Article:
NOT that Due Diligencer is taking up the cudgels for stockbrokers who trade in shares listed on the Philippine Stock Exchange.
Rather, this piece is intended to justify a suggestion made a long time ago that the exchange’s more than 200 or so trading participants who are also PSE stockholders get themselves elected directors of listed companies. After all, they are more qualified to represent the public investors for whom they buy and sell shares than the independent directors who should not have been given any kind of role at all on the boards of public companies.
Of course, the appointment of independent directors is provided for by law. Whatever law or rule it is, the question is this: Do independent directors deserve seats on the board when they hold only nominal shares?
Traditionally, the minority board nominees get elected by the number of shares they own along with the number of proxies from the public, the reason for what used to be proxy wars. This is not true anymore. As practiced, the majority stockholders ratify the selected nominees chosen by their allies and compensate them well.
For example, the Zobels, who control the Ayala group of companies, pay their companies’ directors at least P1.20 million a year but increased the amount in the last two years—P28 million in bonuses in 2012 and 2013. In addition, they gave the board members per diems of P15.390 million in 2012 and P15.140 million in 2013.
The Philippine Long Distance Telephone Co. is another generous company. It pays each of its 13 directors P200,000 per board meeting attended and additional “remuneration” such as per diem of P32 million in 2013 and P35 million in 2012. It estimated at P36 million the board’s compensation in 2014. Computed, the amounts translate to P2.462 million meeting fees per director in 2013 and P2.692 million in 2012.
If only SEC chairperson Teresita Herbosa and the four SEC commissioners would review the rule or the law, then they would probably see something wrong with the selection of independent directors. If they would look at the compensation tables of listed companies, they would see a conflict of interest that would not make independent directors truly independent.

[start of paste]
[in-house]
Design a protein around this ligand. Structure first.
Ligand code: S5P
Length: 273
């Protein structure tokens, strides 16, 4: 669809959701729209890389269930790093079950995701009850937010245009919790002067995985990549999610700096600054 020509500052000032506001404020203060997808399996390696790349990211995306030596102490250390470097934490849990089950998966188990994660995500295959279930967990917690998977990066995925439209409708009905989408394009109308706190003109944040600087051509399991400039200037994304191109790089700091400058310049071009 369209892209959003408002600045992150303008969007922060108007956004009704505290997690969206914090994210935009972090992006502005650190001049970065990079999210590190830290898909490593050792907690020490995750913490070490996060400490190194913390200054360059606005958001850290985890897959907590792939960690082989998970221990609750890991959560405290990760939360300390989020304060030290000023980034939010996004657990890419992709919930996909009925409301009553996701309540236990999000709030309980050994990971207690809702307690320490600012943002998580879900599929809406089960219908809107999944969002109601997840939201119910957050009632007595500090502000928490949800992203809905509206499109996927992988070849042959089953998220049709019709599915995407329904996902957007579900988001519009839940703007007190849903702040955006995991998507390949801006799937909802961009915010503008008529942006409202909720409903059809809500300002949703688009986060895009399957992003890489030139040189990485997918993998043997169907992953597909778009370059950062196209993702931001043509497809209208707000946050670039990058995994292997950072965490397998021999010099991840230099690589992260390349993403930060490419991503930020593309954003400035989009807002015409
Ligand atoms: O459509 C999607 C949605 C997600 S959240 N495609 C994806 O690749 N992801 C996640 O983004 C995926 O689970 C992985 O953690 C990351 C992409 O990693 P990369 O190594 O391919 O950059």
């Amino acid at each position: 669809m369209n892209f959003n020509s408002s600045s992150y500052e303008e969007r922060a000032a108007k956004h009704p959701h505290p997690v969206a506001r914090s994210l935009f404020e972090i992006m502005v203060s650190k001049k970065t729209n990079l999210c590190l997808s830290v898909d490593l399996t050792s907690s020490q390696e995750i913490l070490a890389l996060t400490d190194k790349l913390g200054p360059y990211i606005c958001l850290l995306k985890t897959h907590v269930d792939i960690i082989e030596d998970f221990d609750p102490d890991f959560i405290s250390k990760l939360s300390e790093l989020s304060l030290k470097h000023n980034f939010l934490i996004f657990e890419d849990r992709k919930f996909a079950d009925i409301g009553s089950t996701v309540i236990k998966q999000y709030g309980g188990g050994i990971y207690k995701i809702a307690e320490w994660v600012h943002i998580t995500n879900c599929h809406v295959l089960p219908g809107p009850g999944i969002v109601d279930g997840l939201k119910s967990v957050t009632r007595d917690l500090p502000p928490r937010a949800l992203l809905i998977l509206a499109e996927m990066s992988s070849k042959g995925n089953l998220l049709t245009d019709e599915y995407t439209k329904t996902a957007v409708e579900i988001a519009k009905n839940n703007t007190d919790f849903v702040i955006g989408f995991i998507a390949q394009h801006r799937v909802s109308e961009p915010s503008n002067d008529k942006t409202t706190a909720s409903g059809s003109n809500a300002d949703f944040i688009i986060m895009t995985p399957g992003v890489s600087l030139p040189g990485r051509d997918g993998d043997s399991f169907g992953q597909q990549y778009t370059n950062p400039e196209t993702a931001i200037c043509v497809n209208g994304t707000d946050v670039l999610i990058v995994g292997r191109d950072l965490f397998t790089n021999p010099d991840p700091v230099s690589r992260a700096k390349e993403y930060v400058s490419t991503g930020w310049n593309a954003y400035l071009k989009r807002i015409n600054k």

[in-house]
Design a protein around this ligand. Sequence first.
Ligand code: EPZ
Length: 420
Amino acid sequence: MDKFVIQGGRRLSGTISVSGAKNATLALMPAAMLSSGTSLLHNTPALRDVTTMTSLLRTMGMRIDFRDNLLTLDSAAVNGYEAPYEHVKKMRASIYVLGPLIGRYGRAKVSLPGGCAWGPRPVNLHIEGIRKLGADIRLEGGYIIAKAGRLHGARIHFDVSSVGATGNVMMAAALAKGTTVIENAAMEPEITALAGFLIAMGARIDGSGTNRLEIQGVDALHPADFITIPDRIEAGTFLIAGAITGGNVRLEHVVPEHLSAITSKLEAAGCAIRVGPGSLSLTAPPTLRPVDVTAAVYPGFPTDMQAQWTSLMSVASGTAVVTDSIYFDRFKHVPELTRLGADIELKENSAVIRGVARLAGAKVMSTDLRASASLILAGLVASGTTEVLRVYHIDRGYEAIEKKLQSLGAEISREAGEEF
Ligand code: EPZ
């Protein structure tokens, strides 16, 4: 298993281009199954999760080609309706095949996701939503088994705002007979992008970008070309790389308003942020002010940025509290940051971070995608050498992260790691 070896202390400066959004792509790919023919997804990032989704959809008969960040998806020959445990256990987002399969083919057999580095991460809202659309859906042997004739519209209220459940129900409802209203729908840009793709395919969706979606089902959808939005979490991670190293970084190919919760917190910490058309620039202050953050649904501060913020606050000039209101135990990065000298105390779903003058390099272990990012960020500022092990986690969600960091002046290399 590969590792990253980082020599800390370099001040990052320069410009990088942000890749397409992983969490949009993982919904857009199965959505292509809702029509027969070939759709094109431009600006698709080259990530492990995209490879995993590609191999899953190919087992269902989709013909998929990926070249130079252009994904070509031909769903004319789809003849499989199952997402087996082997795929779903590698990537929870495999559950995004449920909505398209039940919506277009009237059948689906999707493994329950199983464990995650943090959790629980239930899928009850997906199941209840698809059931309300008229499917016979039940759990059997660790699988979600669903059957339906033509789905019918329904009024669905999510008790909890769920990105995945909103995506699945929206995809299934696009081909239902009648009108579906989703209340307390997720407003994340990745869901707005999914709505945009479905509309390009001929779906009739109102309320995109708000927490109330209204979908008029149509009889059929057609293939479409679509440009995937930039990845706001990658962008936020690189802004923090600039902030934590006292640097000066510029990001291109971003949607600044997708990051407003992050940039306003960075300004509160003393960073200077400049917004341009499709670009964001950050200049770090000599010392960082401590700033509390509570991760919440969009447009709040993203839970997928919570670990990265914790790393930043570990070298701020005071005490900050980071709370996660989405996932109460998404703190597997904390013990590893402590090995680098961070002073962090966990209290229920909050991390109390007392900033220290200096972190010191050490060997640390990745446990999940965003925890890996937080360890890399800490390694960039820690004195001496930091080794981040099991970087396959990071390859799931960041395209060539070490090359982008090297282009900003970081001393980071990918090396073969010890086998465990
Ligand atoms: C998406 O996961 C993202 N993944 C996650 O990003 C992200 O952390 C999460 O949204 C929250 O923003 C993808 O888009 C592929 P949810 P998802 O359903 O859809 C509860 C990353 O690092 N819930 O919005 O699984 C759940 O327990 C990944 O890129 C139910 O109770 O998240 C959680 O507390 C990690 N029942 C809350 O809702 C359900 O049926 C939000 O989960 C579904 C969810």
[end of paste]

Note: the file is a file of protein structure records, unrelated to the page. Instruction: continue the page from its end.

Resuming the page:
Why should independent directors demand the same remuneration as that enjoyed by duly qualified regular directors?
It is time the present members of the SEC’s five-man regulatory body stop the practice of selecting or appointing independent directors. If they would not, then they should lift the prohibition against stockbrokers from getting elected to the board of listed companies.
The argument against stockbrokers being directors of listed companies is the much-abused phrase “conflict of interest”. What conflict are these critics talking about when stockbrokers could act more independently for the public than some of today’s independent directors who even demand their share of the allocations under a company’s executive stock option?
Who cares about independence if you are well-compensated and even qualify to buy ESOP shares at a discount?
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Due Diligencer has been receiving emails from tenant farmers of Hacienda Luisita airing their helplessness and grievances against the Cojuangcos in their fight for their right as agrarian reform beneficiaries.
I have only one advice to these tenants who are up against the presidential family that owns Tarlac Development Corp. which, in turn, is the sole stockholder of Hacienda Luisita. Be patient. You can’t expect to get help from government because the president is himself a Cojuangco. Why would he fight his own family?
These tenants should not see any hope of assistance from the Department of Justice because the secretary is a presidential appointee. Will Secretary Leila de Lima fight her master? Like the independent directors in this piece, she could not betray her benefactor by investigating the grievances of the hacienda farmers.
Be patient. In less than three years, this country will have a new president. Hopefully, the next administration would not be allied with the present Malacanan chief occupant.